Summary: A trilogy of sermons based on Psalms 22-24
"THE CROSS, THE CROOK & THE CROWN"
Pt. 2 - The Shepard's Crook
Psalm 23:1 A Psalm of David. The LORD is my shepherd; I shall not want.
2 He maketh me to lie down in green pastures: he leadeth me beside the still waters.
3 He restoreth my soul: he leadeth me in the paths of righteousness for his name's sake.
4 Yea, though I walk through the valley of the shadow of death, I will fear no evil: for thou art with me; thy rod and thy staff they comfort me.
5 Thou preparest a table before me in the presence of mine enemies: thou anointest my head with oil; my cup runneth over.
6 Surely goodness and mercy shall follow me all the days of my life: and I will dwell in the house of the LORD forever.
Introduction: Psalms 22-24 are Messianic in their content and are an appropriate study in light of how close we are to our celebration of the Lord's Passion. Each of these three Psalms has a different focus which we shall explore over the next three weeks. The first is entitled "The Savior's Cross; the second, "The Shepherd's Crook", and the third, The Sovereign's Crown!" What comes to your mind when you think of a shepherd? A hillside with a green pasture, with sheep lazily grazing while a faithful shepherd stands guard over them? That's probably where most of us are this morning. When David composed this psalm he was certainly drawing upon his own experience from the many times he had kept his father Jesse's sheep. The first time we are introduced to him this is his occupation as the prophet Samuel calls for him to be anointed king of Israel while he is still a shepherd boy. For 3,000 years this metaphor of a shepherd and sheep has been a part of the collective consciousness of the Christian church. Untold thousands have drawn comfort from it and it is most likely the first Scripture that most of you can remember from your child hood. But for David this was more than just a reminder of his former occupation, it was much more personal than that; he states that the "...Lord is my shepherd..." It was intensely personal for David as it may be for some of you also. What can we learn about this theme today? First, it needs to be noted that Psalm 23 is not the only time that the Lord is referred to as a shepherd. It is a very powerful theme in the NT as well. Three stand out: Turn with me to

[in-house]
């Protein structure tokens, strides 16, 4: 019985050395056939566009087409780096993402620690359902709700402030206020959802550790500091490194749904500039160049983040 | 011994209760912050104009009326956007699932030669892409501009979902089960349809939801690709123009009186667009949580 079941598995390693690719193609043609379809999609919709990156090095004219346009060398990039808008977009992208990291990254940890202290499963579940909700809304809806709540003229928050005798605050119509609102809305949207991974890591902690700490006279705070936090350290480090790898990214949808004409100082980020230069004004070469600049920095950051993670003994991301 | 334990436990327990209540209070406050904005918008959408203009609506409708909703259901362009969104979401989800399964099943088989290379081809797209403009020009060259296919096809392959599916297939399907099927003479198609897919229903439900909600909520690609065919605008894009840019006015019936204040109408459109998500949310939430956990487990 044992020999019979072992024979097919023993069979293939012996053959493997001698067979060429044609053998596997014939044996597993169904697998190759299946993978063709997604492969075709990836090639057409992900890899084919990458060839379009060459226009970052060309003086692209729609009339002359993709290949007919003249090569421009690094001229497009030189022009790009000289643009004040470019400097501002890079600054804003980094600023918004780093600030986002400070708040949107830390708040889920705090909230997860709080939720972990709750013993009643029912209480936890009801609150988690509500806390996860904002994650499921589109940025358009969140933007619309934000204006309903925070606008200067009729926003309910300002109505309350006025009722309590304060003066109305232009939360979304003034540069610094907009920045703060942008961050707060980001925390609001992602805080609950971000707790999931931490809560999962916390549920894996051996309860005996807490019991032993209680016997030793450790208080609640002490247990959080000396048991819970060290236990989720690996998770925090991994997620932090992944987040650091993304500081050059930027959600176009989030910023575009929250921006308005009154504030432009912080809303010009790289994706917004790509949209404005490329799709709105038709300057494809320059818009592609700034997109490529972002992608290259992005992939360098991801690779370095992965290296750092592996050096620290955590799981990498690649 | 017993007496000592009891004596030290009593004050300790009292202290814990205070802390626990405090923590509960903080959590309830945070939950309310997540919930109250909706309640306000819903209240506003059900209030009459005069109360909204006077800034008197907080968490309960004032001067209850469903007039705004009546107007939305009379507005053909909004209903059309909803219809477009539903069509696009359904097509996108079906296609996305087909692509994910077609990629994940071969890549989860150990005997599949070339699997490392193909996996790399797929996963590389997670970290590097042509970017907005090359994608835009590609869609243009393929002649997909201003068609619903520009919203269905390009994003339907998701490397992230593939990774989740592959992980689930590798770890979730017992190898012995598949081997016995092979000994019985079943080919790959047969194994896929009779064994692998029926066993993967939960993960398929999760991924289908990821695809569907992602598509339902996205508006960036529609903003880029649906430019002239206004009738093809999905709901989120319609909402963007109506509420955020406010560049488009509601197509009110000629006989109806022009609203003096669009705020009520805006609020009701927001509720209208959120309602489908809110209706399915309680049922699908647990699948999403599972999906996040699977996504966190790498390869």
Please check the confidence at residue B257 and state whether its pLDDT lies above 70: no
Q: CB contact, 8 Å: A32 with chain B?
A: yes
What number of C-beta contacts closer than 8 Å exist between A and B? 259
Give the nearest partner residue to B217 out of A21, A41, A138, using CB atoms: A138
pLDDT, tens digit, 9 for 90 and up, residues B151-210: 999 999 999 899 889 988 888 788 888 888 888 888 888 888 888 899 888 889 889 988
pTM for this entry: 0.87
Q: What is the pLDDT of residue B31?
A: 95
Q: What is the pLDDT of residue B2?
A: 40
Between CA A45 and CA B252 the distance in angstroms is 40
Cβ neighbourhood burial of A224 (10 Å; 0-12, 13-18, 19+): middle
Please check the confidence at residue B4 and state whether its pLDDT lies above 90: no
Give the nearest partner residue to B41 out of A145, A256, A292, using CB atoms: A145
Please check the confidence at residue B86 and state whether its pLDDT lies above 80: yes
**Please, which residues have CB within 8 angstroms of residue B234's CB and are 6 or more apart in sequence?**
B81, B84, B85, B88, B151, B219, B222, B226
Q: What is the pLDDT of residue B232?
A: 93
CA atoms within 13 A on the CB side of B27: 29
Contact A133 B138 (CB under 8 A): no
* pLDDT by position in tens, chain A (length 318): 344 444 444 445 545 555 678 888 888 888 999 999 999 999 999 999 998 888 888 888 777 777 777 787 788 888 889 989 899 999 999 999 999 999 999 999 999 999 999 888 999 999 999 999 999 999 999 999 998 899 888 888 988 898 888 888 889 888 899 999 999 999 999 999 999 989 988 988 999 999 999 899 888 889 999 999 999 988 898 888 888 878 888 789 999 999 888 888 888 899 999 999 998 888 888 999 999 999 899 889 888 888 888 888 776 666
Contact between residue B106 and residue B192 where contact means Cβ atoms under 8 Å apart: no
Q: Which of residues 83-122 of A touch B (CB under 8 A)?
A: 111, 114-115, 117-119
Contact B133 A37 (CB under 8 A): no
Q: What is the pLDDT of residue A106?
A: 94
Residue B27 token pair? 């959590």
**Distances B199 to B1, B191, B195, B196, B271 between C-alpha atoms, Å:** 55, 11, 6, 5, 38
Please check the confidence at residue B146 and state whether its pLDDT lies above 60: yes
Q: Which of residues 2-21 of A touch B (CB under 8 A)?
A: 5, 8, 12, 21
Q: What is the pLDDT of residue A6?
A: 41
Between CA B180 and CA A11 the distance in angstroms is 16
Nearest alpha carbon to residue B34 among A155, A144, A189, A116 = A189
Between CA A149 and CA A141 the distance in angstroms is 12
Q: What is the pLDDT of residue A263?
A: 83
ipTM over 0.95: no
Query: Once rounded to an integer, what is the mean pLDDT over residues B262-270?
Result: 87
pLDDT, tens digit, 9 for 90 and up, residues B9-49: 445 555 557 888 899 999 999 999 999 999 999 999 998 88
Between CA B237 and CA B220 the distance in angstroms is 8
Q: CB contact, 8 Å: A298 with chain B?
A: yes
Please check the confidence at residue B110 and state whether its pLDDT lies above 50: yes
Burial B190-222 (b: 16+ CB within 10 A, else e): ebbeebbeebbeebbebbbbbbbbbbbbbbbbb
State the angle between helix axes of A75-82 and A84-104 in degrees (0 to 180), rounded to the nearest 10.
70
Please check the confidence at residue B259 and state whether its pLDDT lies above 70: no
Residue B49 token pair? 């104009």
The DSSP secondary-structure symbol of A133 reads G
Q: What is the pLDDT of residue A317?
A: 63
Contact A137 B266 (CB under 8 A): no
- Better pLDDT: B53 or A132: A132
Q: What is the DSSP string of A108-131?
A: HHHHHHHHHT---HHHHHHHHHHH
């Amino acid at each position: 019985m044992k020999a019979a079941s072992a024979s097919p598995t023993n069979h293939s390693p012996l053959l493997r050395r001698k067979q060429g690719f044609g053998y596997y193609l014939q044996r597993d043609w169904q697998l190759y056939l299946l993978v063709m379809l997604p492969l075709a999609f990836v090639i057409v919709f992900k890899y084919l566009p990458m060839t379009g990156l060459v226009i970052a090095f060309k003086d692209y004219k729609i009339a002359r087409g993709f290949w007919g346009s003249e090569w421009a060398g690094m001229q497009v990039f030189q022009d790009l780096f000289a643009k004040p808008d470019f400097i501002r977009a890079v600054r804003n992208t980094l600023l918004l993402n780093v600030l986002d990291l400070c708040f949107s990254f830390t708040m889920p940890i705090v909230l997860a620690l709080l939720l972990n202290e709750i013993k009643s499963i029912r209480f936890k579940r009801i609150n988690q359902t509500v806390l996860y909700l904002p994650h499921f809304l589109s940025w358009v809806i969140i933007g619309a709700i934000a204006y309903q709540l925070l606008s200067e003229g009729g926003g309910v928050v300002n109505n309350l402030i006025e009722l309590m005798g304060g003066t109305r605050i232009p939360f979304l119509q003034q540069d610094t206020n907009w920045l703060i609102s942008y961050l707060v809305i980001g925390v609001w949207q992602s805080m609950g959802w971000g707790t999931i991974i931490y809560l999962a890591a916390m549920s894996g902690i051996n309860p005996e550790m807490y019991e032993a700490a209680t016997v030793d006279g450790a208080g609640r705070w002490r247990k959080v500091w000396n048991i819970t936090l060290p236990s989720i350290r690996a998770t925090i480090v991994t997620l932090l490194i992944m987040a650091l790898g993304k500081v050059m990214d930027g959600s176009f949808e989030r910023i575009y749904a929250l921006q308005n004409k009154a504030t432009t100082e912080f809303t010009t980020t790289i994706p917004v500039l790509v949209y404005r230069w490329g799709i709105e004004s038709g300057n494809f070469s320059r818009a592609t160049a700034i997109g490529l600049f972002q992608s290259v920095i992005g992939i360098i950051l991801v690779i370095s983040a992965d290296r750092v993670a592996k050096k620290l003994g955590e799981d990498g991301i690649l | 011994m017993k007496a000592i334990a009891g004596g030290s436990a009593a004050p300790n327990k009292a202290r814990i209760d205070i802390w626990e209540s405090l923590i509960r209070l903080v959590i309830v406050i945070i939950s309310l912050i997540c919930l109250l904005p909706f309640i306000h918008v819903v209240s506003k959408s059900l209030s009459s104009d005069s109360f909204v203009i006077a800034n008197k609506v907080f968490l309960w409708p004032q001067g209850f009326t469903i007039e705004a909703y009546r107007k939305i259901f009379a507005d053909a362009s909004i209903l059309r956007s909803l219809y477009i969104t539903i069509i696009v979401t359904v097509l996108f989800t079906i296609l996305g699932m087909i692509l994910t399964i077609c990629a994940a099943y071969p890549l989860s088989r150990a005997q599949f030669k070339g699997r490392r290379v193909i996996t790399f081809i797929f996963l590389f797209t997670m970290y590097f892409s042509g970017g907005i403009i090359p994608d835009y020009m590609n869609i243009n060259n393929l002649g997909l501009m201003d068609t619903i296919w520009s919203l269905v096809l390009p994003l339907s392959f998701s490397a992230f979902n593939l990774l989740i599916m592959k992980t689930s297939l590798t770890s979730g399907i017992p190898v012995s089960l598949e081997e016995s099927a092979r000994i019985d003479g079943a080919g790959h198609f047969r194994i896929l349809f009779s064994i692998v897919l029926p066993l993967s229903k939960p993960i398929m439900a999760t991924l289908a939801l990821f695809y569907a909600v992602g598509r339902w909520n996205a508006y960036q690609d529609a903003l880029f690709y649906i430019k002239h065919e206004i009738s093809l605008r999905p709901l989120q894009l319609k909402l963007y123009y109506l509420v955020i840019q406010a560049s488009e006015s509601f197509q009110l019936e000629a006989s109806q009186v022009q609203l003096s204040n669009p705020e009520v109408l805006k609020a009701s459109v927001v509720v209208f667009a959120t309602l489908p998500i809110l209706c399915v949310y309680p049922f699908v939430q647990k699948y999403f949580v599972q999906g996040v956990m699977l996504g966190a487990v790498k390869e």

I. THE GOOD SHEPHARD
John 10:11 I am the good shepherd: the good shepherd giveth his life for the sheep.
a. The beauty of His character
In the original an article is used before each subject so a literal reading would be "I am the shepherd, the good one." The implications are that there are other shepherds who are not good. He mentions earlier that there are "strangers, thieves and robbers" who come but the sheep will not hear or follow them.
b. The blessings of His conduct
Jesus declares that the good shepherd "lays (giveth) down His life for the sheep" He does this because He cares for the sheep.
John 10:12 But he that is an hireling, and not the shepherd, whose own the sheep are not, seeth the wolf coming, and leaveth the sheep, and fleeth: and the wolf catcheth them, and scattereth the sheep.
13 The hireling fleeth, because he is an hireling, and careth not for the sheep.
He goes on to say that He does this voluntarily of His own volition. No man takes His life from Him and once He lays it down, He has the power to "take" it up again! (An obvious reference to the resurrection)
John 10:18 No man taketh it from me, but I lay it down of myself. I have power to lay it down, and I have power to take it again. This commandment have I received of my Father.
Five times Jesus makes it plain that He is voluntarily giving His life "for" (as a substitute) for the sheep. Jesus gives His life so that the sheep can be saved (verse 9) and so He can "bring" all the sheep into the fold, even the "other sheep" of verse 16!
John 3:16 For God so loved the world, that he gave his only begotten Son, that whosoever believeth in him should not perish, but have everlasting life.
ILL - WANDERING OFF
Dr. Andrew Bonar told me how, in the Highlands of Scotland, a sheep would often wander off into the rocks and get into places that they couldn't get out of. The grass on these mountains is very sweet and the sheep like it, and they will jump down ten or twelve feet, and then they can't jump back again, and the shepherd hears them bleating in distress. They may be there for days, until they have eaten all the grass. The shepherd will wait until they are so faint they cannot stand, and then they will put a rope around him, and he will go over and pull that sheep up out of the jaws of death. "Why don't they go down there when the sheep first gets there?" I asked. "Ah!" He said, "they are so very foolish they would dash right over the precipice and be killed if they did!" And that is the way with men; they won't go back to God till they have no friends and have lost everything. If you are a wanderer I tell you that the Good Shepherd will bring you back the moment you have given up trying to save yourself and are willing to let Him save you His own way.